Is China Doomed?
Between 1978, the year Deng Xiaoping’s sweeping economic reforms were launched, and 2011, China’s GDP increased by an average of 10 percent annually, three times that of the global economy. Now the boom times may be over.
By mid-2013, economic growth had slowed to 7.7 percent. That’s still a roaring pace compared to the rest of the world. Europeans, Americans and even Japanese might say about China’s slippage, “We should all have such problems.” Still, in thirty-five years, the Chinese polity hasn’t had to handle a prolonged economic slowdown and one may be in the offing. Hence the debate on what the deceleration could portend should it get worse and linger.
Is China headed for upheaval? The argument that it is seems plausible. Eye-popping growth rates and the accompanying increase in living standards—and of course the state’s massive machinery of repression—have been critical to maintaining political stability and public support for the Communist Party. Or is Beijing so skillful, so flush with foreign-exchange reserves—and hence with the capital needed for priming the economy and managing financial crises—that slower economic growth is no big deal? Don’t look to the experts for enlightenment on which take is true: they see the same data but draw different conclusions.
We’ll get to those incongruous assessments soon, but first, some context on China’s remarkable achievements since 1978. (While some China watchers think Beijing cooks the books, they do concur that the country’s economic transformation has been breathtaking.) China’s GDP, measured in purchasing-power parity using current dollars, was $248 billion in 1980; by 2012 it had soared to $12.3 trillion. Per-capita GDP—a useful measure of prosperity, even though it doesn’t reveal income distribution, the inequality of which has soared in China—has likewise surged, from $205 (at purchasing-power parity) in 1980 to $11,316 in 2011. Together, massive investment, breakneck economic growth, sharp declines in population growth, the advent of universal literacy and big increases in the number of people with a higher education have helped pulled six hundred million Chinese out of poverty.
Other numbers illustrate China’s economic makeover. In 1978 China accounted for about 2 percent of the value of global exports. By 2010 its share had risen to 10 percent, and the total value was $1.5 trillion. This success in the global marketplace was achieved to no small extent at the expense of the world’s other economic behemoths, Japan and the United States, whose shares declined. What makes this particularly noteworthy is that China’s GDP, though it recently surpassed Japan’s, is still smaller America’s, which was $15.7 trillion in 2012. Yet the value of China’s trade last year was $3.87 trillion, eclipsing America’s total of $3.82 trillion. Even allowing for differences in the two economies’ relative dependence on trade this was headline-grabbing news. And it’s not just the value of what China sells the world but the difference that’s emerged in what it sells. Staples such as apparel, toys, shoes and basic electronics have been replaced by machinery and equipment, which account for over 50 percent of China’s exports, compared to just over 25 percent in 1995. Whether it’s energy, banking or telecommunications, Chinese companies have a global presence and are competing with American, European, South Korean and Japanese multinational corporations.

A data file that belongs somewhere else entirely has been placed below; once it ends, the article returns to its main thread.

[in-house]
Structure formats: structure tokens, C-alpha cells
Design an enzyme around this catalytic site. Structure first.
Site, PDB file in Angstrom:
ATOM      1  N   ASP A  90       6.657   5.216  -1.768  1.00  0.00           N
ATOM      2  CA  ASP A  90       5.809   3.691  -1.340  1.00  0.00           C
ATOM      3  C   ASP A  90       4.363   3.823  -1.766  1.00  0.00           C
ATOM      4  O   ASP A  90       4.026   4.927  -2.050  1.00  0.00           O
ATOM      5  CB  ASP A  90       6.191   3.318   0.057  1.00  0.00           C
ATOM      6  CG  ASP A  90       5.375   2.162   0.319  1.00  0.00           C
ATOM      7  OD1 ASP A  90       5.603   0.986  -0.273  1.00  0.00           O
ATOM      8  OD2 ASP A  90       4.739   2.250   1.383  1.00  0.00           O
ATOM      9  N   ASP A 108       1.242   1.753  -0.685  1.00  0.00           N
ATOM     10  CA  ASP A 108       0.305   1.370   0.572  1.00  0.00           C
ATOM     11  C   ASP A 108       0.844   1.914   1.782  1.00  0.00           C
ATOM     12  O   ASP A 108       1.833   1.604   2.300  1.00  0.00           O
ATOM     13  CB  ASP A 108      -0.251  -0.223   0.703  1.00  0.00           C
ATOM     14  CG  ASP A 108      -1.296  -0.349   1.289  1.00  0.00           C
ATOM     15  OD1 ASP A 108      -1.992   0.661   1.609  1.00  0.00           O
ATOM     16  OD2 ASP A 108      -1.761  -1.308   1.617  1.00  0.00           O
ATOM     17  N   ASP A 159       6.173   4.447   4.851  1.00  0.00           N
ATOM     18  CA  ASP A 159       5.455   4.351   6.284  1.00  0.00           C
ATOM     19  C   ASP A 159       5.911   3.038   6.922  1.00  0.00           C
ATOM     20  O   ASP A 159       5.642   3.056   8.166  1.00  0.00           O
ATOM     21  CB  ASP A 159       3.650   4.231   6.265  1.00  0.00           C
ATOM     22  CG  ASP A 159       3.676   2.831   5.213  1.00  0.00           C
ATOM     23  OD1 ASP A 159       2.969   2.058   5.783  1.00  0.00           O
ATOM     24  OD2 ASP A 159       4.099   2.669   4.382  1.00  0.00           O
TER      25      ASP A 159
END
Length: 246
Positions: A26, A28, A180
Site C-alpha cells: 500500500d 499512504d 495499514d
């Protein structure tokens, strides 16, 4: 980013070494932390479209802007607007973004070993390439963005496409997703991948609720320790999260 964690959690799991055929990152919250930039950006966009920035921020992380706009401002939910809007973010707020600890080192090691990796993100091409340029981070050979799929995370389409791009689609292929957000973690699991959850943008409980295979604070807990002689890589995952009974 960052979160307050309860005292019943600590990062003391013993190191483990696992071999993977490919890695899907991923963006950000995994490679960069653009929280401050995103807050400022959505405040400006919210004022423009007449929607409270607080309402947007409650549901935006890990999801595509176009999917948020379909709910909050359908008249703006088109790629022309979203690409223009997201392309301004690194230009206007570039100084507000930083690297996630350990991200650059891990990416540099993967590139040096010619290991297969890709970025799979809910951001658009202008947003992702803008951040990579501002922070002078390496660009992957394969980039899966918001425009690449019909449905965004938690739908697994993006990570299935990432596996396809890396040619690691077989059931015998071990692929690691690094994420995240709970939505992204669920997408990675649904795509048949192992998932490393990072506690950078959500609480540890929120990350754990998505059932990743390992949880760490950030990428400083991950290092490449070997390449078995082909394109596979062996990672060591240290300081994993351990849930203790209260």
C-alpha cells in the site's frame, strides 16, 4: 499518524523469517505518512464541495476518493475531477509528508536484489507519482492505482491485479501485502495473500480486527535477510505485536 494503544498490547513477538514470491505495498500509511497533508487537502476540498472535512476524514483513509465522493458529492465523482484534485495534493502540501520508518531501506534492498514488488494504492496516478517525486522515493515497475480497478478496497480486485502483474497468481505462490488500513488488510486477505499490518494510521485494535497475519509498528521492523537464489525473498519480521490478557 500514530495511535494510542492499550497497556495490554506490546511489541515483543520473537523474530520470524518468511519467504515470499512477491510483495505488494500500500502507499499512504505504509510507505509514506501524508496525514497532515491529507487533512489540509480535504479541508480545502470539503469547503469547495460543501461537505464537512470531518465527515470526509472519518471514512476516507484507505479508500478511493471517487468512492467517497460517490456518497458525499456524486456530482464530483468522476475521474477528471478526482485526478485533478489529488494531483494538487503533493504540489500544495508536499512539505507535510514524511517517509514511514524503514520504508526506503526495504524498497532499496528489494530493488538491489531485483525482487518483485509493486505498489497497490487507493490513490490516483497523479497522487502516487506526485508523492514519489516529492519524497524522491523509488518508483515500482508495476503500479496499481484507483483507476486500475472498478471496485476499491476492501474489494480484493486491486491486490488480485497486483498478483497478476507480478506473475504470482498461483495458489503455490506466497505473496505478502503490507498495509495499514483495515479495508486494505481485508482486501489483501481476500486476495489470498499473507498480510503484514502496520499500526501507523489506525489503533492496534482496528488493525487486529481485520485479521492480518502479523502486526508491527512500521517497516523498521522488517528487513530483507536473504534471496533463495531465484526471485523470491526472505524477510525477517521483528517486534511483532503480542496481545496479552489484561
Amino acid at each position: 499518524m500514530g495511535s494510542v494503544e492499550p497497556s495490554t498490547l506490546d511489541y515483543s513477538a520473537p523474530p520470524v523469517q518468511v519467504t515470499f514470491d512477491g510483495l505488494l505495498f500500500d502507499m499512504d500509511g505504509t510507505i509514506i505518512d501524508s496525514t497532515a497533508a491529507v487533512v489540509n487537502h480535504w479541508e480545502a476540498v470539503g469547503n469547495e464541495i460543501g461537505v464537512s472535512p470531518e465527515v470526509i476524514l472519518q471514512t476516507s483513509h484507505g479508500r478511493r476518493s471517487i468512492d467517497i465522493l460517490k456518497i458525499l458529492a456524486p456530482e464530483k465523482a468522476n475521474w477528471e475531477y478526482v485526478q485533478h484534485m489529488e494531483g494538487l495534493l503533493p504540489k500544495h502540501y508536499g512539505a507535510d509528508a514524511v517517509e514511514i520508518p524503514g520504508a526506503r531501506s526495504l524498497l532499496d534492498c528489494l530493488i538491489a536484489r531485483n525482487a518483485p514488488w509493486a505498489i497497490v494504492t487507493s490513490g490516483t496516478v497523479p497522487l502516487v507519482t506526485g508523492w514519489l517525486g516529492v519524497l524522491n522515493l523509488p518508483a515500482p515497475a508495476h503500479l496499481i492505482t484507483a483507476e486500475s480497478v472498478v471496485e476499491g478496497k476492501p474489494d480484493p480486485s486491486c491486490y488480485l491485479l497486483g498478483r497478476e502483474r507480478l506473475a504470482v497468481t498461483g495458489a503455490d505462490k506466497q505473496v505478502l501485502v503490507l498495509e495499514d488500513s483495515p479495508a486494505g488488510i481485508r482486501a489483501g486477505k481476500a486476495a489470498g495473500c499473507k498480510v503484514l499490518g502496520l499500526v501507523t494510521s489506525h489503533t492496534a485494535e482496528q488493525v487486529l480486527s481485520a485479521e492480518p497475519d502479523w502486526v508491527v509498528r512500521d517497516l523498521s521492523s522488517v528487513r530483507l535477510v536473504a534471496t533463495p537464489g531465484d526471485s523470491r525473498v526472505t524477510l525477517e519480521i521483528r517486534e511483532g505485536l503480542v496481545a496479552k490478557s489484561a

Okay, so what’s the problem then? It’s on this question that informed opinion is split. Paul Krugman is sure that the decrease in China’s economic-growth rate portends “big trouble” and that the signs are “unmistakable.” He and others pessimists chalk up China’s economic success to a combination of a vast rural population that has been available for induction into the industrial sector; low wages for workers, a function of an abundant supply of labor from the countryside; massive investment at the expense of consumption; and an exchange-rate policy that keeps the value of China’s currency low and its export earnings high.
The old paradigm, effective though it was, is starting to crumble. We’ve seen this before. The Soviet economy started slowing in the 1960s once it became harder—because of falling population-growth rates and the drying of the rural labor reservoir—to rack up big growth rates by pumping more people and money into manufacturing. The big difference is that while total-factor productivity (output per composite unit of labor and capital) didn’t pick up the slack in the USSR, in China it has increased significantly over the past two decades. Still, with Europe mired in recession, America posting anemic economic-growth rates and adding few jobs, and India’s and Brazil’s economies slowing down, it’s going to be harder for China to continue banking on big sales abroad to sustain rapid growth. So a lot hinges on whether Beijing finds a new way to sustain high growth, one that goes beyond basic industrialization and catching up to the West and sets trends in innovation.